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Missing Mapfumo.

old git

Tremendous Bore
Whilst doing the odd sitting down tasks performed on Sunday mornings, quite often listen to Radio 4's Sunday Worship, not from any religious interest but the varied musical output.

Today's broadcast came from Swansea, so where was the Skabertawe, trombone, trumpet, cornet and numerous saxophones? Just the usual pipe organ, although if you were playing that Tom, you're quite good but no Caribbean influence.
 

TomMapfumo

Well-Known Member
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Skabertawe, South Wales
Today I am just getting ready for a family outing to Rhossili, with a couple of friends from that London. Never combined jazz with religion - you end up with some New Orleans type noise.

Have a good day, OG!
Lots of Love
TomMapfumo:cool::cool::cool:
 

Young Col

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Coulsdon, London/Surrey
Well here's the link http://www.youtube.com/watch?v=pbgKzMb8OrA
More broadly though, whether or not you are religious, you can't get away from it that religion is a part of the sycretism that made up early jazz and has continued through ever since. The bands that existed in and around New Orleans in the late 19th/early20th century played at all sorts of functions - dances, open air parties, weddings and funerals. The religious background in songs such as Just a Closer Walk With thee is obvious. And these same bands used ragtime rhythms and introduced melodic variation and then more complex improvisation across their whole repertoire. Jelly Roll Morton's Dead Man Blues is a brilliant depiction of a slow funeral march and then the looser feel of improvisation around Flee as a Bird on the return from the cemetary.

The countless recordings of numbers like The saints; Lord, Let me in the Lifeboat; Down by the Riverside, all atest to a religious influence, along with gospel. Ever heard George Lewis's Jazz at Vespers? And more recently Duke Ellington's Sacred Concerts. Or the later music of Ubdullah Ibrahim which is so very spritually based along with the African influences. I suspect there's a book written, or waiting to be written on this.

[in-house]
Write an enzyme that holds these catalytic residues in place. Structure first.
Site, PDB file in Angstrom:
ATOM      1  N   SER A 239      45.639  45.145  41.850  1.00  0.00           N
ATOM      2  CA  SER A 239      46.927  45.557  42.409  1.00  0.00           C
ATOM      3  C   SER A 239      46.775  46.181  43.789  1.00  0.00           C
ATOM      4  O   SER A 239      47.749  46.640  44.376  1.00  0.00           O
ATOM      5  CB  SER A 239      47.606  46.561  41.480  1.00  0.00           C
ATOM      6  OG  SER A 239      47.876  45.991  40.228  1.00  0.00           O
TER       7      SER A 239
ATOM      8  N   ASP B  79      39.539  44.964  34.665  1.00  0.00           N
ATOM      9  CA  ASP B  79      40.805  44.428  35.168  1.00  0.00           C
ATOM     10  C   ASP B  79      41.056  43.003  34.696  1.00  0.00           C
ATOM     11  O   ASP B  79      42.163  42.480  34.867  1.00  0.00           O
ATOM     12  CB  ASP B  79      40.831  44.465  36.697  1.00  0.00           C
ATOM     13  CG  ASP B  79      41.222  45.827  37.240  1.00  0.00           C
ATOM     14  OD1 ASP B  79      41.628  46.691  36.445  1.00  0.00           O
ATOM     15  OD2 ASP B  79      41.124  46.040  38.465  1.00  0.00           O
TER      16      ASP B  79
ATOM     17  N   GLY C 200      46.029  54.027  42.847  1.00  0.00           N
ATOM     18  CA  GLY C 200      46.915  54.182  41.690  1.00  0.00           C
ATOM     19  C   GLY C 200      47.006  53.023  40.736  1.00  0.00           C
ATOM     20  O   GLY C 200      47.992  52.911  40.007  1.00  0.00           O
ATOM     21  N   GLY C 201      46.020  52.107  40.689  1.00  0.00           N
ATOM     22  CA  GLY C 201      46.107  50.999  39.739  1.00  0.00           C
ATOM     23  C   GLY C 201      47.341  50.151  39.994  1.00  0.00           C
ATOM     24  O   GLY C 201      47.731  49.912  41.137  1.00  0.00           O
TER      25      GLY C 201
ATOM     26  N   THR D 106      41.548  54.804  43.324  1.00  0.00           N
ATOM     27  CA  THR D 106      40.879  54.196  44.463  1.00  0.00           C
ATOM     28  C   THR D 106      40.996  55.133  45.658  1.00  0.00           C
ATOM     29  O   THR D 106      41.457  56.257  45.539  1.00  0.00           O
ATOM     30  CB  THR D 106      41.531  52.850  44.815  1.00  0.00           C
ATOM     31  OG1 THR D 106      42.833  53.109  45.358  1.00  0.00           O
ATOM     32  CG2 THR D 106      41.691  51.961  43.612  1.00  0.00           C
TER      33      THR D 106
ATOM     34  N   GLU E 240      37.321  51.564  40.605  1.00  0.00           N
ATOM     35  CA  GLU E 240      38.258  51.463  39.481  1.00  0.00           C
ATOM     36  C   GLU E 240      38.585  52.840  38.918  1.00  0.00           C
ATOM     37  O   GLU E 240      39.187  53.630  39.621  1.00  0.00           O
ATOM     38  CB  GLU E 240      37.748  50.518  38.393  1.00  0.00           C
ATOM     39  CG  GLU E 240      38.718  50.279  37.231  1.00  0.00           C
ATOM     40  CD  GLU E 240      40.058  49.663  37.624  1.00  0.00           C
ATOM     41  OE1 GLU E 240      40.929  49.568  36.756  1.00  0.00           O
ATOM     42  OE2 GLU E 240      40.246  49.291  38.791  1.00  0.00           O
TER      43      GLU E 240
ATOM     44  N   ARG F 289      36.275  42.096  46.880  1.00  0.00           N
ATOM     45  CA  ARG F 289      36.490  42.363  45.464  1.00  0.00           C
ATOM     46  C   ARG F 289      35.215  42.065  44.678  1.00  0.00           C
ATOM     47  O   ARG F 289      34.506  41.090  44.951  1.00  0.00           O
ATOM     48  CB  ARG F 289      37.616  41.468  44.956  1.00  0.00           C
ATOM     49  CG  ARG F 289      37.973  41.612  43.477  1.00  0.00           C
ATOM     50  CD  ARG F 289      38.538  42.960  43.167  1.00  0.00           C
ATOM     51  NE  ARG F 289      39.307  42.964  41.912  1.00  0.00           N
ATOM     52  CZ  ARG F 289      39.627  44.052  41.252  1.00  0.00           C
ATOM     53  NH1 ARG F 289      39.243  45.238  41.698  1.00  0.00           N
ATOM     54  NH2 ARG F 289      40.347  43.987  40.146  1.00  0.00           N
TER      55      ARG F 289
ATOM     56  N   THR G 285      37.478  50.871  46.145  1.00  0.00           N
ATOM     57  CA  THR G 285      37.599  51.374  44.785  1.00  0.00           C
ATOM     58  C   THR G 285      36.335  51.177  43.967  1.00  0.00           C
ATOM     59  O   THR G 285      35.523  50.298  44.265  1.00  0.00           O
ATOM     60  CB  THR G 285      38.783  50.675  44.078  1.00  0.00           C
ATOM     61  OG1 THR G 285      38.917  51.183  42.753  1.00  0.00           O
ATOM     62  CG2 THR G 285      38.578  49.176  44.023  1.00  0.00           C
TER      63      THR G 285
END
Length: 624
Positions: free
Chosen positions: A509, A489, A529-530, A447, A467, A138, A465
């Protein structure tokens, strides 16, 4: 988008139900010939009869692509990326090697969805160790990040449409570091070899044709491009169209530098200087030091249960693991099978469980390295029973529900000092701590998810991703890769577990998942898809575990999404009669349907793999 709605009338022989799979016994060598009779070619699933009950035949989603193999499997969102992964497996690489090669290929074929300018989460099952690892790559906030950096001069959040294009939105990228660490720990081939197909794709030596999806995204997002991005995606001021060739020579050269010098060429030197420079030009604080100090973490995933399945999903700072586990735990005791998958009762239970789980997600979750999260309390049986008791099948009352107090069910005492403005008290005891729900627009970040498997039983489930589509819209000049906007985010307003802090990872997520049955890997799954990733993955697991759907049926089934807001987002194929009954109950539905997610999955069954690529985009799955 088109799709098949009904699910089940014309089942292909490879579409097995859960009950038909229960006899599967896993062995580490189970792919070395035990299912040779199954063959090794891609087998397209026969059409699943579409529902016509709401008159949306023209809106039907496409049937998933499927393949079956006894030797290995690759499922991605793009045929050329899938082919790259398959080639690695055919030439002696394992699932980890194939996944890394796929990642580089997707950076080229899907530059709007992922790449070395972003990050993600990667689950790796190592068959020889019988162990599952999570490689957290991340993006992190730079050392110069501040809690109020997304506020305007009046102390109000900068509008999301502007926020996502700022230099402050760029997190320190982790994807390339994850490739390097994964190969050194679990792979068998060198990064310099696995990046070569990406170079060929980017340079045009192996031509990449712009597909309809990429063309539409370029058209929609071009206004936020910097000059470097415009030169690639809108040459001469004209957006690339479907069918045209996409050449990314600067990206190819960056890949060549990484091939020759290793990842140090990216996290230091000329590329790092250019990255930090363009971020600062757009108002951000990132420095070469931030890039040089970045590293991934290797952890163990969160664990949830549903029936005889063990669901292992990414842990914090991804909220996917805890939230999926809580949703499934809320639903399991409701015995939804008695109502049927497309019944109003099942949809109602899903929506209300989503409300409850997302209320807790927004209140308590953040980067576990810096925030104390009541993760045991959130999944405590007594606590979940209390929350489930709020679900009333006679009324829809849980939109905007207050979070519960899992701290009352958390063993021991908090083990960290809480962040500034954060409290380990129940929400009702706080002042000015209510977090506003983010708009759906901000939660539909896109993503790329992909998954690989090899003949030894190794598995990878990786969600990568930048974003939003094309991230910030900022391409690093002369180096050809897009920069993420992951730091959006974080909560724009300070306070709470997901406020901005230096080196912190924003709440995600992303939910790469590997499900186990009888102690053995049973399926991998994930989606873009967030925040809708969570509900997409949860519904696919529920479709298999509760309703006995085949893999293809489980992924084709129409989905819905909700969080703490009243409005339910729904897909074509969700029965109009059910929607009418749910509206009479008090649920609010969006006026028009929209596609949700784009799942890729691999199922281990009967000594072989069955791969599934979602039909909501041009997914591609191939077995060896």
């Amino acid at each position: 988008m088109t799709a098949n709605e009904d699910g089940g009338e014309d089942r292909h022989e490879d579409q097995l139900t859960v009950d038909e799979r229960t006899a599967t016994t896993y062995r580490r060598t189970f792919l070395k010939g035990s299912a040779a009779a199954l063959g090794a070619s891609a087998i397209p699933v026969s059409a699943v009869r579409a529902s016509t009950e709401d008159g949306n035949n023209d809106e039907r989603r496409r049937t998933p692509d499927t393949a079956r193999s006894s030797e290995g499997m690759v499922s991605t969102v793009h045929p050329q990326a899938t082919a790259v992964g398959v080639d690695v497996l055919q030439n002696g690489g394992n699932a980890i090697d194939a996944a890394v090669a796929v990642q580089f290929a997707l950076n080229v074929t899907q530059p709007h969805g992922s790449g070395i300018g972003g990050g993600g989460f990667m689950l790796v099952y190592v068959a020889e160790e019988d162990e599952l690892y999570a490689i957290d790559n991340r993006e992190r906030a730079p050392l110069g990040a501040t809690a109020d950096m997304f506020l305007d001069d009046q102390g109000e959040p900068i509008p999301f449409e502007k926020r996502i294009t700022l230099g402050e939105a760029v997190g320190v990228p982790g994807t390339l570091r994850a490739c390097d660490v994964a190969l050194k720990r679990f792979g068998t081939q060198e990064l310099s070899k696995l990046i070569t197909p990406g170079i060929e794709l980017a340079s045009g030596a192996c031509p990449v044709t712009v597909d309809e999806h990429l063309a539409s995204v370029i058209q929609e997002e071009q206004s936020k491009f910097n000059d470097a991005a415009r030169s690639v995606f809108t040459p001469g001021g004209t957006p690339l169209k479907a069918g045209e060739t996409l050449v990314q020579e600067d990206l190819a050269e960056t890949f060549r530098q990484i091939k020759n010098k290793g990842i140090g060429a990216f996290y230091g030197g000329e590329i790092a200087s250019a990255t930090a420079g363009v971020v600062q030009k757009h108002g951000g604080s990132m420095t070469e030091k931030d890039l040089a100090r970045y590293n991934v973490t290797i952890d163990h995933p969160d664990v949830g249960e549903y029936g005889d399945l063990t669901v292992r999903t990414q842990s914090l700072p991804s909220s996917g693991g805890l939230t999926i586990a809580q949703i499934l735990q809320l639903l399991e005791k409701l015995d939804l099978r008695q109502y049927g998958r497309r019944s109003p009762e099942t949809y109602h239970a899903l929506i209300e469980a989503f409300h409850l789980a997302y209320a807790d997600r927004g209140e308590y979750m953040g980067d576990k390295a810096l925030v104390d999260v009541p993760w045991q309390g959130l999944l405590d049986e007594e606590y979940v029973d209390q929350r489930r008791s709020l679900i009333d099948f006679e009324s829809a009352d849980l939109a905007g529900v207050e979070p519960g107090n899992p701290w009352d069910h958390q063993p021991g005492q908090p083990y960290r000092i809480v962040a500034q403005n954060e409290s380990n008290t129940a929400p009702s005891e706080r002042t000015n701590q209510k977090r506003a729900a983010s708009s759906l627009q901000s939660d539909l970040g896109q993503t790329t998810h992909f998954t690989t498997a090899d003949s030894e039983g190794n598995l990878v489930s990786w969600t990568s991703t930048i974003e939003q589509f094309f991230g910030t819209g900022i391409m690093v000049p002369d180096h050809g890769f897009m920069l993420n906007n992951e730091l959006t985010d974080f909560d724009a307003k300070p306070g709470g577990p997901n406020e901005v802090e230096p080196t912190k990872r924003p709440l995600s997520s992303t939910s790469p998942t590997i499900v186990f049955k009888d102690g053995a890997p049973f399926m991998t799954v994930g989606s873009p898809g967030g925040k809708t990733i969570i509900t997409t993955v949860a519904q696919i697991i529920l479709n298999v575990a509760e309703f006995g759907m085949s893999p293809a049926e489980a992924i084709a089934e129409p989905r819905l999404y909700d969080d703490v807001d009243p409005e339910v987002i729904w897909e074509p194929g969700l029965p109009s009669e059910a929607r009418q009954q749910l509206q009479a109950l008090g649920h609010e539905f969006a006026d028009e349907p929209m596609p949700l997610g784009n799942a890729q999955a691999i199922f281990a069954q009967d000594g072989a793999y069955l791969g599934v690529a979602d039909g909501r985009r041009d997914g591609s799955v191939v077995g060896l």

YC
 

kevgermany

ex Landrover Nut
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Just north of Munich
What's wrong with being religious? And, as YC pointed out, blues/jazz has it's roots deeply embedded in the players' beliefs. Same for a lot of other music, especially classical music in it's broader sense.

It's only realy since the mid/late 20th century, with the increase in secularism, that fashion has started to dictate that religious connotations in music are unwelcome. Something that I'm not really comfortable with, as you may guess. And, despite this, there's a large repertoire of modern religious music, much of it well worth listening to.
 

TomMapfumo

Well-Known Member
Messages
5,232
Location
Skabertawe, South Wales
Hi Guys!

I am actually a Theologian, just don't like the common confluence in early American Jazz of religion and music, and really most early US Jazz, on a personal note. First and foremost I am a North European and believe that Jazz equally has its roots in gypsy culture in Eastern Europe, and folk culture throughout Europe. North European Jazz is what I most enjoy, as well as Latin and African influences.

Anyway had a lovely time swimming in Rhossili, and now practising my trumpet!
Lots of Love
Tom:cool:

I am aware that the above may sound a bit strong - and I don't want to offend anyone who loves early US Jazz. I love the concept of small groups of 4 to 11 instruments playing interesting and challenging music is such a way that every instrument has its own voice, as distinct from Orchestras, Military Bands etc. Just not keen on the earlier sounds produced in the US, albeit played with consummate skill and artistry.
 
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TomMapfumo

Well-Known Member
Messages
5,232
Location
Skabertawe, South Wales
Well, Rhosilli is a fantastic beach but there is a 156 step climb down to it and I needed to sit down on the 15 mile car journey back home in order to regain my breathing ability. I am taking my trumpet to France in a couple of weeks in order to keep up practice, and need to remember my Shhhhhh Practice Mute (Manufactured in NZ!).;}

Kind regards
Tom:cool:
 
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